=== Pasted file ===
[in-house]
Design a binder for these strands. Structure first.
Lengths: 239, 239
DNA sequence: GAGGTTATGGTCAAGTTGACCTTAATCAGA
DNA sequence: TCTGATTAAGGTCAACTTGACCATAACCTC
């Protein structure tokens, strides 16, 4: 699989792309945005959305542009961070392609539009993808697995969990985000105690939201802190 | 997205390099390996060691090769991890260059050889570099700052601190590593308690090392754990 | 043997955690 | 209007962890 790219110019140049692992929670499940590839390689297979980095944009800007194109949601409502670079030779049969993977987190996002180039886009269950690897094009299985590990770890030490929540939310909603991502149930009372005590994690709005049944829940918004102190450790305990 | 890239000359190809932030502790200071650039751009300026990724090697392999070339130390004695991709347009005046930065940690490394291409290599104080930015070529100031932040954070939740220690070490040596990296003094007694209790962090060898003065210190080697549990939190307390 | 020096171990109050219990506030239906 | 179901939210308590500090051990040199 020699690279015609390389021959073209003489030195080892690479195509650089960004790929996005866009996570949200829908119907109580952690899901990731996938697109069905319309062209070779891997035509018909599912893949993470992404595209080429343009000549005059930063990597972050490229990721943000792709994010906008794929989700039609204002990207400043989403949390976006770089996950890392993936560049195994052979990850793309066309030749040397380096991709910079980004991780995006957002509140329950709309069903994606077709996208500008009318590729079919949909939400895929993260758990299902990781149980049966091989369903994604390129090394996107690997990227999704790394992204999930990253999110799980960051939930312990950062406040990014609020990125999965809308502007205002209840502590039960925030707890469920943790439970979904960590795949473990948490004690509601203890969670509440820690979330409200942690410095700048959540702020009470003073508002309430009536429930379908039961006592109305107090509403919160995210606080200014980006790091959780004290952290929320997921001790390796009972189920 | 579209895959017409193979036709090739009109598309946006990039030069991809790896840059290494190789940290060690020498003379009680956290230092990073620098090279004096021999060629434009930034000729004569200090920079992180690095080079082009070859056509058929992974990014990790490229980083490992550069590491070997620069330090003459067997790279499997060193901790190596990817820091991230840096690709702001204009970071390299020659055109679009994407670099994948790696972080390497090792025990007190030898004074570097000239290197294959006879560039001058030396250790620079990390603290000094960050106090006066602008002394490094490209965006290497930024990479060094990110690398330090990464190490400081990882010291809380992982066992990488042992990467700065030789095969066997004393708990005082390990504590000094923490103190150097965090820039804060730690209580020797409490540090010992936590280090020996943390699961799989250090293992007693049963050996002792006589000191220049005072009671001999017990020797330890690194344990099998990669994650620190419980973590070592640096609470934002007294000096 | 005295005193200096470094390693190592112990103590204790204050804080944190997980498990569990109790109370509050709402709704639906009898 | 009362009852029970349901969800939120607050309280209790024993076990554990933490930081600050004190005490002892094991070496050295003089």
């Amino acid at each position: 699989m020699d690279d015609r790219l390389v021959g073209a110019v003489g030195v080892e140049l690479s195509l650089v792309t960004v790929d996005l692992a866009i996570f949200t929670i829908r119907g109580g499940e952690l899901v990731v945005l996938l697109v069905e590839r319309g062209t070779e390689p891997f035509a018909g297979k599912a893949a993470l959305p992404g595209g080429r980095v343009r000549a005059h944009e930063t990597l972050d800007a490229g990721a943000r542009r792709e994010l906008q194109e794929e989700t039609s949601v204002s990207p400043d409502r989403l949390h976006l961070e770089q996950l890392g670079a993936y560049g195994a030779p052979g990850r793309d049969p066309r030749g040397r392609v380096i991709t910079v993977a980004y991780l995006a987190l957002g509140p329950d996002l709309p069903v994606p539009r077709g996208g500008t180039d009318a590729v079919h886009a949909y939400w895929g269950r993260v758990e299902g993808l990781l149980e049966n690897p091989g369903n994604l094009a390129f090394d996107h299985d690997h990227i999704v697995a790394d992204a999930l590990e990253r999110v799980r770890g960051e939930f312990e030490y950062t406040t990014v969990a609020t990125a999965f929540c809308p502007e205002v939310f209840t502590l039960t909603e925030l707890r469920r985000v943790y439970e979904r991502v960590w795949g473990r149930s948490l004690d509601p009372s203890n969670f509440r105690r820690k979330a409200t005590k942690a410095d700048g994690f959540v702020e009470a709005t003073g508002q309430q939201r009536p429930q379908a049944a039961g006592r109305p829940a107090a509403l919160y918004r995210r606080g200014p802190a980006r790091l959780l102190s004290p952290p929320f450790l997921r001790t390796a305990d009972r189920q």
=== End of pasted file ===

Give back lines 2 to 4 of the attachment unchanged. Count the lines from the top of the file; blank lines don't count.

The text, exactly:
Design a binder for these strands. Structure first.
Lengths: 239, 239
DNA sequence: GAGGTTATGGTCAAGTTGACCTTAATCAGA